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Is our faith in algorithms misplaced?

April 20, 2022
AI has great benefits, but trusting machines and sensors could lead to bad decision making.

Recently, my doctor gave me a stress test, which basically amounts to running on a treadmill while attached to an electrocardiogram machine. I noticed the pulse rate on my Fitbit watch varied from the EKG reading. The variance changed with time but did not seem to follow any pattern. No big deal (I’m fine), but I was fascinated by how this could be.

The answer may be a flaw in how software engineers think. They like to measure things that are easy to measure. And when measuring is difficult or expensive—such as measuring the heart’s electrical activity—they come up with a new solution. Here, the light in my wrist was being measured to calculate my bpm. The engineer makes some assumptions, tests, and develops an algorithm to turn that data into the displayed pulse.

The problem is that the reading was wrong. I have been living as if my pulse rate is 75 when, in fact, it isn’t. Again, no big deal, but what if it was a big deal? We are so used to relying on algorithms that we will make the wrong decision every day of the week.

This is increasingly relevant as commercial vehicles increase their level of automation. Someday, these commercial vehicles will likely be driving themselves, and we need to have a healthy fear of where this might lead—and maybe a hesitation with algorithms in general.

Algorithms are concise instructions or recipes that computers can follow to do their assigned work. Who writes these algorithms? Programmers do. They may be experts in the systems they write for, or have no expertise in them at all. They might have expertise in a completely different field. That disconnect has always been this way in the computer software field. Today, data scientists do the programming, and these subject-matter experts (SMEs) do hold expertise in the application and what the readings mean for the sophisticated technology.

But it can get complicated. The CAT 799 truck for mining has about 150 sensors generating data every second, which are transmitted locally or even to the cloud. The sensors can measure loading, weather, fuel, and GPS, and the data combine to become big data. Now hundreds or even thousands of algorithms might use those fields to figure out what is happening inside the asset, what to do about it, and how to improve performance.

The goal of the SME may be to predict component failure and test hundreds of algorithms to find a few that work. What happens if the algorithm doesn’t work? How do we act if an algorithm gives us bad results? Mistakes and biases with artificial intelligence rank among the greatest fears of AI scientists, technologists, business leaders, and policy makers alike. I think that blindly following the computer’s results without thought should be our fear as well.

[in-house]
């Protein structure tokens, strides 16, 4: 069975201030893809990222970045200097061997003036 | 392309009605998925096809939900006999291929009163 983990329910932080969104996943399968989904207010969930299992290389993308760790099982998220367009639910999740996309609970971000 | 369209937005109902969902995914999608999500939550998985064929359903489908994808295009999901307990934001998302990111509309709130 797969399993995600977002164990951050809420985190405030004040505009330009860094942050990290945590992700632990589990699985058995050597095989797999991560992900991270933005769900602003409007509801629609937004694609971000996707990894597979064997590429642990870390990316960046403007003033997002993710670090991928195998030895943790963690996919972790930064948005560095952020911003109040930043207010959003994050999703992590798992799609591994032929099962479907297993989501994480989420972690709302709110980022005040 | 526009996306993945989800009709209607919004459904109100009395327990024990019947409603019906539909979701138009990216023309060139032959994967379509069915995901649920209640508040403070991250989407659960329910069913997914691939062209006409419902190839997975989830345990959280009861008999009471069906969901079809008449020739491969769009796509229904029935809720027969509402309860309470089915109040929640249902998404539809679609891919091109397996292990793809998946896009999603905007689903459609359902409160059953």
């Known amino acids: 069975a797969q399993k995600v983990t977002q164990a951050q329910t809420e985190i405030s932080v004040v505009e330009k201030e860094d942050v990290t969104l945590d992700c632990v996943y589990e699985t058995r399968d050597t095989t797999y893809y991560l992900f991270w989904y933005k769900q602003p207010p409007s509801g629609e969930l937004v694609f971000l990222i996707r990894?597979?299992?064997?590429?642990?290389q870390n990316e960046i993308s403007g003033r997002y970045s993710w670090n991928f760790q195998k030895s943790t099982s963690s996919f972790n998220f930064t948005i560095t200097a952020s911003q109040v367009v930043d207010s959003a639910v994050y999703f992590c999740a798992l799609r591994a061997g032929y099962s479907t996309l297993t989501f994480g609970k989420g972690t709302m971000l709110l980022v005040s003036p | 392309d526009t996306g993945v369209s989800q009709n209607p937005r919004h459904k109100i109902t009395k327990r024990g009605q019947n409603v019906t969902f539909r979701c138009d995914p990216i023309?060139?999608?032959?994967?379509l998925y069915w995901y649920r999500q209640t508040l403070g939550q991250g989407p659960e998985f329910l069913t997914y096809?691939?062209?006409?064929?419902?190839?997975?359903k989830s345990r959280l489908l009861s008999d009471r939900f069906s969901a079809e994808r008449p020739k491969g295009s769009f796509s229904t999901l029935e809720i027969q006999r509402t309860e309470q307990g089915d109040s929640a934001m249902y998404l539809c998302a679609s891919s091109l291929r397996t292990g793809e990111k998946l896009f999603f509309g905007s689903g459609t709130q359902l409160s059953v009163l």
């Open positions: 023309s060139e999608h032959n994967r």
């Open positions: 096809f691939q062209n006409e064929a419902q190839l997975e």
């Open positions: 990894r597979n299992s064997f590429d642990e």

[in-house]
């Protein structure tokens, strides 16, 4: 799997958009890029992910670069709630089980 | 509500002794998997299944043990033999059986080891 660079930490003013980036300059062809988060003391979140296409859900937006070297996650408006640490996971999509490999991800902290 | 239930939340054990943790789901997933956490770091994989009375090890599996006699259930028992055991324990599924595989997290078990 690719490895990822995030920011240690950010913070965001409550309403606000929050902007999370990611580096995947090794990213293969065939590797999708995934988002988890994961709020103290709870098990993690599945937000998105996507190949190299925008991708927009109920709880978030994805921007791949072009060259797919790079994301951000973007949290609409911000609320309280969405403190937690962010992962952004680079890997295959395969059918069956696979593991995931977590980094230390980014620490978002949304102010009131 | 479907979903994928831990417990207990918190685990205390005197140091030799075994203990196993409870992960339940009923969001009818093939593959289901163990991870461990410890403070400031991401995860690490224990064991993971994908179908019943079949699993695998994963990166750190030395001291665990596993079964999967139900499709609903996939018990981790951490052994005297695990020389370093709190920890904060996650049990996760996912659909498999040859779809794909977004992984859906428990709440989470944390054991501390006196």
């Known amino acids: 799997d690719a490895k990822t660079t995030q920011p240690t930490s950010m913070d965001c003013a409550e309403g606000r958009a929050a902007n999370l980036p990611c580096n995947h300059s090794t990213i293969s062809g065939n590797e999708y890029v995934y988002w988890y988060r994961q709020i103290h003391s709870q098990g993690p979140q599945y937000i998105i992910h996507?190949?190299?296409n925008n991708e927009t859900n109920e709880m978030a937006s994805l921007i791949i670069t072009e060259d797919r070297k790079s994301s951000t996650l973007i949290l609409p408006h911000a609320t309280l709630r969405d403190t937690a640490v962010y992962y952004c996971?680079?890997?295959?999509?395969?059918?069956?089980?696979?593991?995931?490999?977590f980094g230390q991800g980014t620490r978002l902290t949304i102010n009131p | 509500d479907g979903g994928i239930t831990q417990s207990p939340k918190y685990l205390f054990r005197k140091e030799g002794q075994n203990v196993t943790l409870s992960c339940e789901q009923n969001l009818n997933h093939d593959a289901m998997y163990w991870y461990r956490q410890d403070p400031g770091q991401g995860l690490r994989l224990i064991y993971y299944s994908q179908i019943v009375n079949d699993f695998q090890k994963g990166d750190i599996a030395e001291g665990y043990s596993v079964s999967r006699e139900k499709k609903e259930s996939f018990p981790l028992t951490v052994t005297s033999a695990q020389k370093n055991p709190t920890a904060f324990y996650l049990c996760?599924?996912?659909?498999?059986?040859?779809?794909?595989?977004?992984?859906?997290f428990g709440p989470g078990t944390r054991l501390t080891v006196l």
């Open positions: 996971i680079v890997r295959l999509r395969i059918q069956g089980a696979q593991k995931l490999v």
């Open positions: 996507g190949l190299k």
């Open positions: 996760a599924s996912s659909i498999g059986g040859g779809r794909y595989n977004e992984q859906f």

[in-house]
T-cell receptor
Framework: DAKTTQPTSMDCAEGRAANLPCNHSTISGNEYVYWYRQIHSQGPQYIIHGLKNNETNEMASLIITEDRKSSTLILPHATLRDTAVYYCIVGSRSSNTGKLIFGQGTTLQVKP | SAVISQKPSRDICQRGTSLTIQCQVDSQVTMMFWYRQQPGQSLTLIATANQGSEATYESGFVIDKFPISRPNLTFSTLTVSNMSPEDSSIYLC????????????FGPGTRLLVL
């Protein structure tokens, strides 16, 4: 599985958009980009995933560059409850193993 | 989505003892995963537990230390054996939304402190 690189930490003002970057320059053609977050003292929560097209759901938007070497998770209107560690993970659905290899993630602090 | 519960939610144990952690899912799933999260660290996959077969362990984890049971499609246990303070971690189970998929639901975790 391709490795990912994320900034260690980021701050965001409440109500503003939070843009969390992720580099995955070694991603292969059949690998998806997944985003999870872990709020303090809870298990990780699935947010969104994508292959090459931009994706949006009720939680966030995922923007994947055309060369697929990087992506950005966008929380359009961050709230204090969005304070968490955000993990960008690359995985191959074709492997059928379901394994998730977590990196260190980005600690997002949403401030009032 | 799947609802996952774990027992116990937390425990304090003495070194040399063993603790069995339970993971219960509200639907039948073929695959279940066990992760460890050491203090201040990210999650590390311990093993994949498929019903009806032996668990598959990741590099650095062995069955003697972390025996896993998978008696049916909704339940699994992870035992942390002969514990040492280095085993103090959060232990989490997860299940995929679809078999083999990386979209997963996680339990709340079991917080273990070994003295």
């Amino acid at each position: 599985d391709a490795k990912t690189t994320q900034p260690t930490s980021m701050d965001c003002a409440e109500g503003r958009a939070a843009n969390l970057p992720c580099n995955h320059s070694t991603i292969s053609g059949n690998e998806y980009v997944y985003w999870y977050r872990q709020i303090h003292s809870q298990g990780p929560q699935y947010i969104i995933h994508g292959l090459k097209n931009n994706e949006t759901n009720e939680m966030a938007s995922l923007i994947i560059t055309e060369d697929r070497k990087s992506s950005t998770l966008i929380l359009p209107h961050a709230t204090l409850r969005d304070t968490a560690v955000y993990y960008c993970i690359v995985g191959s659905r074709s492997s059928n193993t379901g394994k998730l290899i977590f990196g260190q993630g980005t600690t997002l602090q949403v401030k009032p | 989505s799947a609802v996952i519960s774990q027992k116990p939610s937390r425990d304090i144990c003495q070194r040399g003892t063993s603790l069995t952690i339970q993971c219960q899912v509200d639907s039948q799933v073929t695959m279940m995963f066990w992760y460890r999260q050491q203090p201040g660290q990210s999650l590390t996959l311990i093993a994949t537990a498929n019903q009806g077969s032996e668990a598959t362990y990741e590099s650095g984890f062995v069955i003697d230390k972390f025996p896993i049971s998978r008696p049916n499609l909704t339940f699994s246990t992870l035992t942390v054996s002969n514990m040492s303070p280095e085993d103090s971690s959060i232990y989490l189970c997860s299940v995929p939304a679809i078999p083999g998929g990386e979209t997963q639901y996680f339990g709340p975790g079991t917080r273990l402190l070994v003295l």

In some cases, the company will lose money; in others, quality might suffer a bit. But in a few instances, lives are in the balance.

This worst-case scenario happened with Boeing’s 737 Max, where bad software caused two fatal passenger jet crashes. Here’s the short version: Boeing installed new flight control software called the Maneuvering Characteristics Augmentation System (MCAS) to overcome aerodynamic issues that came up when the Max got a bigger engine. Pilots were told that flying this new 737 was just like the classic version, only this system may take control and push the nose down if externally mounted sensors determine the plane’s pitch is too high and might cause the plane to stall. The pilot loses control, and if the sensor and software are wrong, there is no recourse, because the programmers didn’t code for that. And as a result, 346 people died.

In IEEE Spectrum, pilot and engineer Gregory Travis wrote: “It is astounding that no one who wrote the MCAS software for the 737 Max seems even to have raised the possibility of using multiple inputs, including the opposite angle-of-attack sensor, in the computer’s determination of an impending stall. As a lifetime member of the software development fraternity, I don’t know what toxic combination of inexperience, hubris, or lack of cultural understanding led to this mistake.”

This is one of many reasons why I fear that we will defer to the machine and not think for ourselves. Likely, this is already the norm.

About the Author

Joel Levitt | President, Springfield Resources

Joel Levitt has trained more than 17,000 maintenance leaders from more than 3,000 organizations in 24 countries. He is the president of Springfield Resources, a management consulting firm that services a variety of clients on a wide range of maintenance issues www.maintenancetraining.com. He is also the designer of Laser-Focused Training, a flexible training program that provides specific targeted training on your schedule, online to one to 250 people in maintenance management, asset management and reliability.  

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